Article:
Court of Appeals Judge Stephen Hill will sit with the Kansas Supreme Court to hear and help decide one case on the court’s September 17 docket that will take place by videoconference.
After hearing oral arguments, Judge Hill will join Supreme Court justices in their deliberations and decision drafting.
"The Supreme Court looks forward to Judge Hill hearing a case with us,” said Chief Justice Marla Luckert. “He will read the case materials, prepare for oral argument, and deliberate with the court on its decision. We thank him for helping us, especially because we know he already has a significant caseload."
Hill was appointed to the Court of Appeals in 2003 by Gov. Kathleen Sebelius.
“I am grateful to the chief justice and the Supreme Court for giving me an opportunity to sit with the court,” said Hill. “It is an honor for any judge to be asked. Also, it is a challenge. At this level, there are no easy cases.”
Judge Stephen Hill grew up in Wichita but spent most of his legal career as a lawyer, county attorney, and judge in the 6th Judicial District. He received a bachelor's degree from the University of Kansas and a law degree from Washburn University School of Law. After serving 22 years as a district court judge, he was named to the Kansas Court of Appeals.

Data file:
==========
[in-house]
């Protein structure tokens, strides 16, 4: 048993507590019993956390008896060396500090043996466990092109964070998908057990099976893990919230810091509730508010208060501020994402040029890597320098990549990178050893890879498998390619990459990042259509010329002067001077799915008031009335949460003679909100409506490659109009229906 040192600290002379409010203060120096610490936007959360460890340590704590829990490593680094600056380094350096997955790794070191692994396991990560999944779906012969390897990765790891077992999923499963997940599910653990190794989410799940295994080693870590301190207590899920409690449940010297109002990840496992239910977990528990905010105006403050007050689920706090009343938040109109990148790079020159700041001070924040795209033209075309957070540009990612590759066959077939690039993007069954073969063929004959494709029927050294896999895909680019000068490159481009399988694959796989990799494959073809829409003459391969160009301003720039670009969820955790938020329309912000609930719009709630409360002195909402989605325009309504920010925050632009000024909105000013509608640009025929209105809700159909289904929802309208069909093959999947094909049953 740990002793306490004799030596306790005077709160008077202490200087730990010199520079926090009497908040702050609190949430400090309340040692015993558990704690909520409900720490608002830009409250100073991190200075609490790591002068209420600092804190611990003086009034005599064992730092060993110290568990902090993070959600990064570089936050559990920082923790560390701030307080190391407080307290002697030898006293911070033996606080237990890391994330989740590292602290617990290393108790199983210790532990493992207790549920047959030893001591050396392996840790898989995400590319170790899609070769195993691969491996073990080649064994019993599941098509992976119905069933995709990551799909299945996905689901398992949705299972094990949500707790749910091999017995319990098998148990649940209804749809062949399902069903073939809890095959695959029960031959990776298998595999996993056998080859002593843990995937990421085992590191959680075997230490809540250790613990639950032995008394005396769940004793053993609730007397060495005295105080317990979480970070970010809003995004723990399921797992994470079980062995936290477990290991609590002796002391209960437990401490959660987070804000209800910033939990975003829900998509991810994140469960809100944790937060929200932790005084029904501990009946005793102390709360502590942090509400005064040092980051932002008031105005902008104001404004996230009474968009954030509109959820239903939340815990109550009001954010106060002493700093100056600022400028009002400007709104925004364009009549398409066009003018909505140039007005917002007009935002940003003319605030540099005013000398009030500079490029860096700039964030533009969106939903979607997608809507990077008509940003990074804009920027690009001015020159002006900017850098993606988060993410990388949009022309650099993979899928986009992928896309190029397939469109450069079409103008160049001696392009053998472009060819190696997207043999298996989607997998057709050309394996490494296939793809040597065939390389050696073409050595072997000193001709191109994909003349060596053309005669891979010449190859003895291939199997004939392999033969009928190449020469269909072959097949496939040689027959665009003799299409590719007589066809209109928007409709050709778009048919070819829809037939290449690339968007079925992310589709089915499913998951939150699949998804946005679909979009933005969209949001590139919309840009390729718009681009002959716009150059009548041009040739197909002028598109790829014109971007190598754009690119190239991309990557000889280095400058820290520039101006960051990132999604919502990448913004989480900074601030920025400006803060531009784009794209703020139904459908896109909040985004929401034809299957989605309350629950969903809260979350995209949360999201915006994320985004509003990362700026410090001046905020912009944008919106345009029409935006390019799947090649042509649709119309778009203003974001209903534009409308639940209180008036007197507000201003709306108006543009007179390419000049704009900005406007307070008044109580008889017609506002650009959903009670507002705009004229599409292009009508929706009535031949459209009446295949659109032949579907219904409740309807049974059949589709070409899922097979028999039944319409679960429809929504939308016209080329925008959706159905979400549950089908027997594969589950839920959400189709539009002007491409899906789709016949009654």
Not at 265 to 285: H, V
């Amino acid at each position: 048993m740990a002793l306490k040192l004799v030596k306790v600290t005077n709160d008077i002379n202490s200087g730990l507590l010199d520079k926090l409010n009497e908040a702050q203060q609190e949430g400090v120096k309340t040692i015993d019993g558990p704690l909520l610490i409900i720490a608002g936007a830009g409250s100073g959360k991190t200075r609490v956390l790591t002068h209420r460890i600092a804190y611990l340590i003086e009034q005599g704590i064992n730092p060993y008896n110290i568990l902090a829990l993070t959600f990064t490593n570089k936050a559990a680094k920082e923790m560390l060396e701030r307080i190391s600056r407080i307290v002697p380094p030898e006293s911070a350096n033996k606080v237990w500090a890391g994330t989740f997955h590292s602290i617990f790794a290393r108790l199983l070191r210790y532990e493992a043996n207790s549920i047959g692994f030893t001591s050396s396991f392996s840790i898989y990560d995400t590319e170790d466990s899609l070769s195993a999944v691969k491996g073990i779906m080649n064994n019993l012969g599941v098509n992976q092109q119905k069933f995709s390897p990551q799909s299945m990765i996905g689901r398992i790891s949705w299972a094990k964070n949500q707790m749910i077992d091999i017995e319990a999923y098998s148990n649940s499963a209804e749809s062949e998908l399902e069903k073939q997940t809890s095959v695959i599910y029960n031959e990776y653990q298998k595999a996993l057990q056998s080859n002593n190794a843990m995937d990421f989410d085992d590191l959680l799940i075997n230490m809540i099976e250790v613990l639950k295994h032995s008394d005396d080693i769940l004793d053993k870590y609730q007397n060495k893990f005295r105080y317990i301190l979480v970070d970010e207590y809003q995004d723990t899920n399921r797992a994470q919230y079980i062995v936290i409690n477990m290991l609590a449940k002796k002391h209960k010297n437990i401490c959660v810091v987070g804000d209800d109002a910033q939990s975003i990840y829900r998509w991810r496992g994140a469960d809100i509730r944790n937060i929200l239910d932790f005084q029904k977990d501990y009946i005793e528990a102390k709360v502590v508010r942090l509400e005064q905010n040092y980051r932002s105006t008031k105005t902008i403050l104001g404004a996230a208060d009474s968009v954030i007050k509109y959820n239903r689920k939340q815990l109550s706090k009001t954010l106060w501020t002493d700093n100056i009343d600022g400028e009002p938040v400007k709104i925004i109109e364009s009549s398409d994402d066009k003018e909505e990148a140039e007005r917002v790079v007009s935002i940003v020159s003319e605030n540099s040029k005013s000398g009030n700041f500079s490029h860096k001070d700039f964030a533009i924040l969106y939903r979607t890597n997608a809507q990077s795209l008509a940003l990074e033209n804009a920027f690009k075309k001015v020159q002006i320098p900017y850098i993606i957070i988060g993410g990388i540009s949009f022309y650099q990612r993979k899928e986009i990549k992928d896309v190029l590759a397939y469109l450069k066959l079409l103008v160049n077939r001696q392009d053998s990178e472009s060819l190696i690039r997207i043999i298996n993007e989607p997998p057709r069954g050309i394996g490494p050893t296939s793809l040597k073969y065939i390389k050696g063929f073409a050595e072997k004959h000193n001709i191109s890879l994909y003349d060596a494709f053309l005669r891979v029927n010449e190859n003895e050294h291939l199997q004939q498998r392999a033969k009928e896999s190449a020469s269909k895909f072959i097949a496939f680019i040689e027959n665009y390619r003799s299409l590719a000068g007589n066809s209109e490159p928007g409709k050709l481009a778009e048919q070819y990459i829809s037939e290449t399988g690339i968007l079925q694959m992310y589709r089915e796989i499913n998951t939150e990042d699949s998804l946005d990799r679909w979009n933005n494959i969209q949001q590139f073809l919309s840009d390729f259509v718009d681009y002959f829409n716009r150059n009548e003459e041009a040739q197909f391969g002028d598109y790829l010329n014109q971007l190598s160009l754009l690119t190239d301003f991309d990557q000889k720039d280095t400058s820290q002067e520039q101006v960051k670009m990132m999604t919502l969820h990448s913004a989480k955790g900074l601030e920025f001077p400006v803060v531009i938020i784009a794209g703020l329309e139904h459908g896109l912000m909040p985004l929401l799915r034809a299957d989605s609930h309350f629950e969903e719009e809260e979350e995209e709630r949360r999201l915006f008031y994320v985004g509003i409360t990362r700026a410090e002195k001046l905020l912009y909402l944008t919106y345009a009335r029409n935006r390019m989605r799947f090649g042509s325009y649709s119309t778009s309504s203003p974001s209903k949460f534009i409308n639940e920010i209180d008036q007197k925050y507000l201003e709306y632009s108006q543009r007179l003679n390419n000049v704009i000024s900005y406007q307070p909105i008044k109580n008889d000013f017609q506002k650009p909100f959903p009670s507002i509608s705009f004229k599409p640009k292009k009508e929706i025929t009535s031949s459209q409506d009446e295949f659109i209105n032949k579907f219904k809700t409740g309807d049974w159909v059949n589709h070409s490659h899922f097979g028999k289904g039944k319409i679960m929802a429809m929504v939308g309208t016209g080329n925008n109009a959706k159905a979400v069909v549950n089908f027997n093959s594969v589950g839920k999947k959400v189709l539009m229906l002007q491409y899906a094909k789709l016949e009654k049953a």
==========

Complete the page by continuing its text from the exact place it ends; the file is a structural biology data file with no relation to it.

All Supreme Court oral arguments are webcast at YouTube.com/KansasSupremeCourt.
Hill will join justices by video conference at 1:30 p.m. Friday, September 17, to hear oral arguments in:
Appeal No. 121,220: State of Kansas v. Monroe Eugene Reed-Chism
Sedgwick County: (Petition for Review) A jury convicted Reed-Chism of knowingly committing aggravated battery and sentenced him to 13 months’ imprisonment followed by 12 months’ post release supervision. On appeal, Reed-Chism challenged the jury instruction, prosecutor error, and cumulative error. The Court of Appeals affirmed his convictions. The issues on review are whether: 1) the trail court erred by not instructing the jury on reckless aggravated battery as a lesser included offense; 2) the prosecutor committed reversible error by misstating the evidence during closing arguments; and 3) cumulative error denied Reed-Chism a fair trial.